The social sentience Foursquare permits also means there are now more opportunities for social encounters to occur that have not been previously arranged. While several participants spoke of their use of Foursquare having led to them socializing with people they otherwise wouldn’t have, making their environment feel more social and echoing Humphreys’98, 99 finding regarding Dodgeball, for the most part “serendipitous encounters” with known others were rarely welcomed. Rather than being ‘serendipitous’ such meetings were experienced as being “inconvenient”. How successful Foursquare was at coordinating social encounters was here predicated on there being some form of tacit agreement already in place, as touched on above, suggesting that an established set of social norms had not arisen surrounding the check-in. People instead repeatedly felt uncomfortable and did not know how to react when faced with the possibilities of serendipitous sociality. As Frith suggests

            The different reasons people use Foursquare complicate the issues of sociability and collective mobile communication . . . Some people who used Foursquare for more social reasons or as a way to catalogue their life only checked in to more interesting locations they wanted to highlight. But other users who saw Foursquare more as a game checked in everywhere.100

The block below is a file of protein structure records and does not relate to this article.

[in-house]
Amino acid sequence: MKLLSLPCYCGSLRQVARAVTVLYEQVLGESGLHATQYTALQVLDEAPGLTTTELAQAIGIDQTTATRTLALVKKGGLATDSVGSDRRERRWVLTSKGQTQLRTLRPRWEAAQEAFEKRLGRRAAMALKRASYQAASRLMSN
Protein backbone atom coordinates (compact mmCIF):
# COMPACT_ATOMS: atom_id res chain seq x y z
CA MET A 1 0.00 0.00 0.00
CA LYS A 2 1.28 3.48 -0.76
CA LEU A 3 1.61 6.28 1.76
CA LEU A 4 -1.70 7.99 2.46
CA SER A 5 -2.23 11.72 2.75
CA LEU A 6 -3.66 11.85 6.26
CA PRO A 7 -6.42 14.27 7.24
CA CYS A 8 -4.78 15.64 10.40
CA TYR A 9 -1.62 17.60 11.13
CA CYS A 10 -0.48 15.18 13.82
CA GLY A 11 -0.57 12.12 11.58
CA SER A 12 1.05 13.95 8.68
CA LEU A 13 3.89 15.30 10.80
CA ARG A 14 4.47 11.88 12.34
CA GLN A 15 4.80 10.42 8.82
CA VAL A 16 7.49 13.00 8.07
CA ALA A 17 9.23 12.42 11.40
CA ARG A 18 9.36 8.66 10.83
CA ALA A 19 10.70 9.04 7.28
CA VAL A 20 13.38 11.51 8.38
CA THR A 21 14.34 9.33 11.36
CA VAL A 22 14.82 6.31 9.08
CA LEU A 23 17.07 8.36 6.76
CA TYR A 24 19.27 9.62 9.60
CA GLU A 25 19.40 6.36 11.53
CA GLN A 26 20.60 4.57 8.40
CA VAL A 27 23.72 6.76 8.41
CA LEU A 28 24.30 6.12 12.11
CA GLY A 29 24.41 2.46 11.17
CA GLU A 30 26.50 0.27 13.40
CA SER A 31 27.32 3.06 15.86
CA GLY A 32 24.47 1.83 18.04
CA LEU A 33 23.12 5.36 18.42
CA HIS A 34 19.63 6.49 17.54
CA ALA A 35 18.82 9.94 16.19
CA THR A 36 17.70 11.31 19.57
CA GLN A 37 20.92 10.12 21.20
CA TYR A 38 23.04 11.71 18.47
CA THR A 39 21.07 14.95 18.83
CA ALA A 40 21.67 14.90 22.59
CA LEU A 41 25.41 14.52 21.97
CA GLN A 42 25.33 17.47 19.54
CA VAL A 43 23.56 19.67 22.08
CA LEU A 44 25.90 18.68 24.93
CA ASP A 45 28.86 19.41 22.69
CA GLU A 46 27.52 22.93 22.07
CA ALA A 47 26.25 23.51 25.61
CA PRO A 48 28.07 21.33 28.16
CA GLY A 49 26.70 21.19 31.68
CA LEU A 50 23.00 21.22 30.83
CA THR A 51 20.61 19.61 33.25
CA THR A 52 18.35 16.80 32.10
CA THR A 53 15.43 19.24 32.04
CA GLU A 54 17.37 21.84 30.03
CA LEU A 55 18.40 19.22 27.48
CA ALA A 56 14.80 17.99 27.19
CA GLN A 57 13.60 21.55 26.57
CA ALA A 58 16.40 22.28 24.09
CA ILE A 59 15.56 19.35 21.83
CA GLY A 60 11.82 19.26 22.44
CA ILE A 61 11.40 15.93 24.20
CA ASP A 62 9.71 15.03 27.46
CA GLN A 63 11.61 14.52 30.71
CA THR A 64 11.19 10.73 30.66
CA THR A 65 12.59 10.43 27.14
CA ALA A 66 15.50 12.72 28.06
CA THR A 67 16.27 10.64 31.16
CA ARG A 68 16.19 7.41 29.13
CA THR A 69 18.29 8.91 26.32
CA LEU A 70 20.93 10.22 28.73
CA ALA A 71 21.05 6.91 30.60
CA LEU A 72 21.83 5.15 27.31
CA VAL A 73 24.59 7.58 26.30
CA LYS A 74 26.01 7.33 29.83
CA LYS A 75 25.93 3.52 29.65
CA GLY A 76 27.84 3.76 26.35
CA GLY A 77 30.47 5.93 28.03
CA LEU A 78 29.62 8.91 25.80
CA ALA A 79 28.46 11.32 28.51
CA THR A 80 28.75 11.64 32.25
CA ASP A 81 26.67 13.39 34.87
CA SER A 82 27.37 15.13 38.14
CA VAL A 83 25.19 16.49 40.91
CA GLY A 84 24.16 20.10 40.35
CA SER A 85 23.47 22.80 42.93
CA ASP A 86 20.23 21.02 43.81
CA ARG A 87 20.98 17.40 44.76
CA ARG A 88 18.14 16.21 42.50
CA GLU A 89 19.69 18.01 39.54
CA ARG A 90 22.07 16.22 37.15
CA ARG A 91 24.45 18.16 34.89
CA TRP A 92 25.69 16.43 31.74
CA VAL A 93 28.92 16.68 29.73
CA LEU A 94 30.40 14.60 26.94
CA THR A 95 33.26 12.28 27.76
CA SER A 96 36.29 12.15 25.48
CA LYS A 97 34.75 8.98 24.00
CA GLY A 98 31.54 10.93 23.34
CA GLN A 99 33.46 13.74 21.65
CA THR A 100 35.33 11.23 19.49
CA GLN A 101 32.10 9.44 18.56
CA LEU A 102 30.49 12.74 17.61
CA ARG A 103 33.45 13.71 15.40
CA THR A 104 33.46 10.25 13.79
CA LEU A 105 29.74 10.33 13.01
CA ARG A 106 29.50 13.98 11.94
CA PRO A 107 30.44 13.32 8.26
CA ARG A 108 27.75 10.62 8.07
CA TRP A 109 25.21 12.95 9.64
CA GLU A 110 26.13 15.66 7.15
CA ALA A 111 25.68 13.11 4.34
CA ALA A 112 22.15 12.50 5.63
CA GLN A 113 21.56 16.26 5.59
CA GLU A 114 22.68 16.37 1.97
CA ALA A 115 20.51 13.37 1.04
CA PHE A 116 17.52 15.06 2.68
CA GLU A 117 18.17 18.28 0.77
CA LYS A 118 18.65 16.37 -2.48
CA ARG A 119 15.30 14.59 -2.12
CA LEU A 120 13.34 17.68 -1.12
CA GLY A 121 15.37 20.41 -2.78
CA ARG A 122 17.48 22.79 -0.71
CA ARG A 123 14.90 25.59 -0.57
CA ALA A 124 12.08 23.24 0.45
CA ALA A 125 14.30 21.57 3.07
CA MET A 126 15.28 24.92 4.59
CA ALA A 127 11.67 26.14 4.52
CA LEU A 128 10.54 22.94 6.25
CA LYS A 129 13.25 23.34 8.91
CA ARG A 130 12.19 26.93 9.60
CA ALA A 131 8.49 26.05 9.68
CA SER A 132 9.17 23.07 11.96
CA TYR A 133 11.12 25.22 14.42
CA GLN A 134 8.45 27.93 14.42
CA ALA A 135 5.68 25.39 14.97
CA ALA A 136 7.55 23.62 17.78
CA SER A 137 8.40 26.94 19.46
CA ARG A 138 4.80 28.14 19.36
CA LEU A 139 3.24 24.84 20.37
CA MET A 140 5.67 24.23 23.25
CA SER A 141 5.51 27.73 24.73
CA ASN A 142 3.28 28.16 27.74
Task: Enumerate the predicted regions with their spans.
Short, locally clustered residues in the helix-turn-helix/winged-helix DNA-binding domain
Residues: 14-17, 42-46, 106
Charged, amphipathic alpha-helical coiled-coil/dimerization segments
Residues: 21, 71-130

In alignment with Frith,101 our research found that participants would check-in for many reasons other than social coordination. Humphreys’102, 103 study of Dodgeball is again useful here. As she notes, “[social] interaction is a complex negotiation. The same information exchanged through Dodgeball could be used to facilitate meeting up as much as it could be used to avoid a particular person.”104 De Souza e Silva and Frith105 propose that mobile interfaces function as “technological filters” helping “users manage interactions with city space,” and thus “cope with sensory overload.”106 This study supports such a position, both in terms of identifying places to engage with as well as avoid. For instance, some participants suggested that due to the different locations, timings, and people involved, organizing post-work events prior to Foursquare was an extremely hard task. By using Foursquare in this manner, participants were effectively able to “filter” out the spaces that weren’t socially significant to them, while focusing on those that were. Similarly, participants were also able to use the application to filter out the social spaces they actively wanted to avoid. In these examples, the implicit openness of Foursquare was paradoxically used to curtail sociability and bolster privacy. David’s concealment of his location through outdated check-ins is an interesting case in point, which raises some pressing questions around locative media and issues pertaining to social privacy, just as it casts a much needed light on locative media practices that are undertaken to hide one’s locale.107